Where music and mathematics meet
We’ve long recognized the links between mathematics and music. The Ancient Greeks saw the repetition – and the recognition - of patterns in both disciplines as the same interpretation of the world. Plato said that he “would give children music, physics and philosophy, but the most important is music, for in the patterns of the arts are the keys to all learning.”
And the structural links are clear: counting beats and rests, repeating patterns and sequences are found in both maths and music. So are the expressive similarities: formal systems of description, and symbols to stand in for numbers and sounds. Music notation is a symbolic representation of sound in time.
Rhythm is a form of counting. The mathematician Gottfried Leibniz described music as “the sensation of counting without being aware you were counting." And reading music, like reading mathematical notation, needs counting – of the beat, of the number of notes, of pauses and when to come back in when playing in a group.
Mathematician Marcus du Sautoy says “Music is full of mathematics. Rhythm is about exploring the way different numbers interact. Theme and variation exploit ideas of symmetry.”
So much is clear. But, even on a cognitive level, music and maths have much in common.
Cognitive psychologists see three systems of understanding numbers in a child’s development. The first is spatial sense, or the ability to grasp shape and its place in space. This is the basis of geometric forms, and the arrangement of musical sounds in a sound space. Second is subitizing, which is the ability to identify and differentiate between small amounts. This is the intuitive grasp that three things are more than one thing – whether counters or sounds. And, thirdly, numerical representation, which is the ability to estimate larger quantities. This is the system that leads on to using symbols to represent numbers (and notes).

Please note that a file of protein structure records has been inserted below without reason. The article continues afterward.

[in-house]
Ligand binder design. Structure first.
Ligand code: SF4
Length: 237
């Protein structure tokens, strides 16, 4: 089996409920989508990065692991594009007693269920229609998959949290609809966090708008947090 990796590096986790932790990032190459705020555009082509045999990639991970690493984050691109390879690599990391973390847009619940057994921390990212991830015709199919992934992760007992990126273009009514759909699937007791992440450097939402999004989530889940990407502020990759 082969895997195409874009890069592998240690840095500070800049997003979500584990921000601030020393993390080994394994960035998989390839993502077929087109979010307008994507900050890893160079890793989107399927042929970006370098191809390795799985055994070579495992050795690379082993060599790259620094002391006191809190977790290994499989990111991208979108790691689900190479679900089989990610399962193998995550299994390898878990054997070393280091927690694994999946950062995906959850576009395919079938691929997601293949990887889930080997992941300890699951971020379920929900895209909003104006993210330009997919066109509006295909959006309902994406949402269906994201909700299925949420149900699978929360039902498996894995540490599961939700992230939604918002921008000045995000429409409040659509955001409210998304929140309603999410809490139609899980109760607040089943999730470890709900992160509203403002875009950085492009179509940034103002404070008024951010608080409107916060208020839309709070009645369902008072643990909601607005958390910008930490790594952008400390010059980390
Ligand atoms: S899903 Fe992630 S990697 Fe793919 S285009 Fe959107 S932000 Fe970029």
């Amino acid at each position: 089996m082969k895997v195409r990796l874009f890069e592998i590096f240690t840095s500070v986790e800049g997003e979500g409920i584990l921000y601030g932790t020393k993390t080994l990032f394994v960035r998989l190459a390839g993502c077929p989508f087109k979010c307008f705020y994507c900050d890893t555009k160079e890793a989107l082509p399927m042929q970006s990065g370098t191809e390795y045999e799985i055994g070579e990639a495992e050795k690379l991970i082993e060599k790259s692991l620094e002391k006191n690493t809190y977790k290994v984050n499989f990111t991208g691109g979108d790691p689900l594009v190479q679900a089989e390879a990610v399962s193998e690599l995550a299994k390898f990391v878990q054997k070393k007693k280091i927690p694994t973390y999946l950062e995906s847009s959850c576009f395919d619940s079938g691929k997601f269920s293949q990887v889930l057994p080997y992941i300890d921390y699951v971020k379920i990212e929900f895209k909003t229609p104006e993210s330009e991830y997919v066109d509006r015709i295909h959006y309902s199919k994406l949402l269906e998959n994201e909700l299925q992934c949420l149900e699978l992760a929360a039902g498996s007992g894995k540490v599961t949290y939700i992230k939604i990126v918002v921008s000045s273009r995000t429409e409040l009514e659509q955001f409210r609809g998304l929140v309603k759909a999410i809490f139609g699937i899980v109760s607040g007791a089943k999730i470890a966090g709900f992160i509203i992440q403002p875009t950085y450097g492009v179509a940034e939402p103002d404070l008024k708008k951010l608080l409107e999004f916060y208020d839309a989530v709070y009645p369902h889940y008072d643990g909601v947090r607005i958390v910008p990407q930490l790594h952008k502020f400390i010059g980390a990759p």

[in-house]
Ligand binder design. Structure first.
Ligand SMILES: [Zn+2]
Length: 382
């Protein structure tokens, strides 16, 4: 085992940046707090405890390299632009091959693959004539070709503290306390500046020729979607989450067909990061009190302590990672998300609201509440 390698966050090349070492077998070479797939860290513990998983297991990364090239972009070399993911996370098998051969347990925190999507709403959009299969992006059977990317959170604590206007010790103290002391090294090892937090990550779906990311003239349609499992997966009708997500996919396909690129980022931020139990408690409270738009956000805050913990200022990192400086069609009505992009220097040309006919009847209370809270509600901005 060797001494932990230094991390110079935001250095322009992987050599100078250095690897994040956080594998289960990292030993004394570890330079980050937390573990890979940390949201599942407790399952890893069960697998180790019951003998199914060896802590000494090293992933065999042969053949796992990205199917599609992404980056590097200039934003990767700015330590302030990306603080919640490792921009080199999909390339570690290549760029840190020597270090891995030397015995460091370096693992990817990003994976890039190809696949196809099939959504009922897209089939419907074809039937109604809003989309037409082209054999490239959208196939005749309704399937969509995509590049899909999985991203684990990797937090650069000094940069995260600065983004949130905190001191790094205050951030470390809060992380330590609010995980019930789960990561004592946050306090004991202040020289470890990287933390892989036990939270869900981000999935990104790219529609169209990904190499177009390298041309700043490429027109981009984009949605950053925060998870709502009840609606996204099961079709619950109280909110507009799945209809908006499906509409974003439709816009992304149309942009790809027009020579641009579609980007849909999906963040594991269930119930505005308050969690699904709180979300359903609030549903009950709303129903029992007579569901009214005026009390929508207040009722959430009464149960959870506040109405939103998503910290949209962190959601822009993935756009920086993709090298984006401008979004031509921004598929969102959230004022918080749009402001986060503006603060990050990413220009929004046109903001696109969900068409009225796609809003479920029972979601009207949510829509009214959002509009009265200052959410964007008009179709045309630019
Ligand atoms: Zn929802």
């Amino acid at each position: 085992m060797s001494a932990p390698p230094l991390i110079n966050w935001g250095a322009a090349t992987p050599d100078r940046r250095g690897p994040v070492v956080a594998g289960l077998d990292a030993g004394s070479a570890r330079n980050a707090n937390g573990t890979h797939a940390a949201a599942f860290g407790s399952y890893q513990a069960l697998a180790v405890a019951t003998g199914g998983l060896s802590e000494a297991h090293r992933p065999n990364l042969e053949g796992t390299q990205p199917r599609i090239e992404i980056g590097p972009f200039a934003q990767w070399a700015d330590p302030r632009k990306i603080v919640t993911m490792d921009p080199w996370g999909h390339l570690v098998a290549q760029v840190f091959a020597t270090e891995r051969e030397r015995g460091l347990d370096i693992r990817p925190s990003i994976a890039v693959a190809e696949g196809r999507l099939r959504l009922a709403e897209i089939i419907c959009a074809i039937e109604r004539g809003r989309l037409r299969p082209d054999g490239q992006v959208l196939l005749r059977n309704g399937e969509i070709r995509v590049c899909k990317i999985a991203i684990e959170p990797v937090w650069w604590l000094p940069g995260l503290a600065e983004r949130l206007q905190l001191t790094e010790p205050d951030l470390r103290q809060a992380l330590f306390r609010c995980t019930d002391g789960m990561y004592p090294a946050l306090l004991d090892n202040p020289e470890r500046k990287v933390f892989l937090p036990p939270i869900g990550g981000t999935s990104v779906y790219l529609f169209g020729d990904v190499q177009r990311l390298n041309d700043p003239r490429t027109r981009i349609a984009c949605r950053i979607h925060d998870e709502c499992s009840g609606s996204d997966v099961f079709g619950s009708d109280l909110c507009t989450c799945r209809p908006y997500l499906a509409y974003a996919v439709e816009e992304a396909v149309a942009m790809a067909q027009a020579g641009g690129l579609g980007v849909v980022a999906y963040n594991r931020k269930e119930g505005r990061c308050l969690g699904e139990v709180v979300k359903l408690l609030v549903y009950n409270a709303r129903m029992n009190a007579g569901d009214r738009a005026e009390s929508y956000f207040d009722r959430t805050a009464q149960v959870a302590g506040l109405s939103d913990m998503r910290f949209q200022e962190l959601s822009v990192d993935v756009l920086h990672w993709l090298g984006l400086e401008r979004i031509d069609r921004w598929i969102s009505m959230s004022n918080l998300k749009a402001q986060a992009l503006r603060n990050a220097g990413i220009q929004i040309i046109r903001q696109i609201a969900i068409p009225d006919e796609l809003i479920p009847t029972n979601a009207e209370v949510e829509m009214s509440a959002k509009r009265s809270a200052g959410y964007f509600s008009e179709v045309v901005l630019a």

These three fundamental systems converge in children between the ages of three and six. They are the basis of mathematics – spatial reasoning, quantity recognition and judgement of magnitude. And also of music.
Studies have suggested a connection between music and spatial-temporal reasoning. Since music is sound existing in space and usually moving in time, it seems logical that training in music could facilitate spatial-temporal reasoning. And hence, it seems that music education and learning improve mathematical ability.
Rhythm depends on arithmetic, harmony draws from numerical relationships, and the development of musical themes reflects symmetry and geometry. As Stravinsky said: "The musician should find in mathematics a study as useful to him as the learning of another language is to a poet. Mathematics swims seductively just below the surface."
So, neuroscientists have found that music training increases cognitive function significantly. If maths is the science of pattern, then music and movement are the art of pattern. The exploration of music and dance in the early years, works with the human mind’s need for pattern, and helps develop ordering, classifying, sequencing and predicting - the foundations for understanding maths.
Sources: Law, Jane (2018). Mu sic and Numeracy . Numeracy in Authentic Contexts, University of Newcastle
Smith, D. (2020) ‘How can I support learning across the curriculum through effective use of music? . University of Glasgow
Sanders, E. M. (2018) Music Learning and Mathematics Achievement . University of Cambridge.
Various (2019). Numeracy learning progression and The Arts: Music . Australian Curriculum, Assessment and Reporting Authority
du Sautoy, Marcus (2011). Listen by numbers: Music and maths. The Guardian, 27/6/11
Gowers, Tim (2011). The enduring myth of music and maths . The Independent, 6/7/11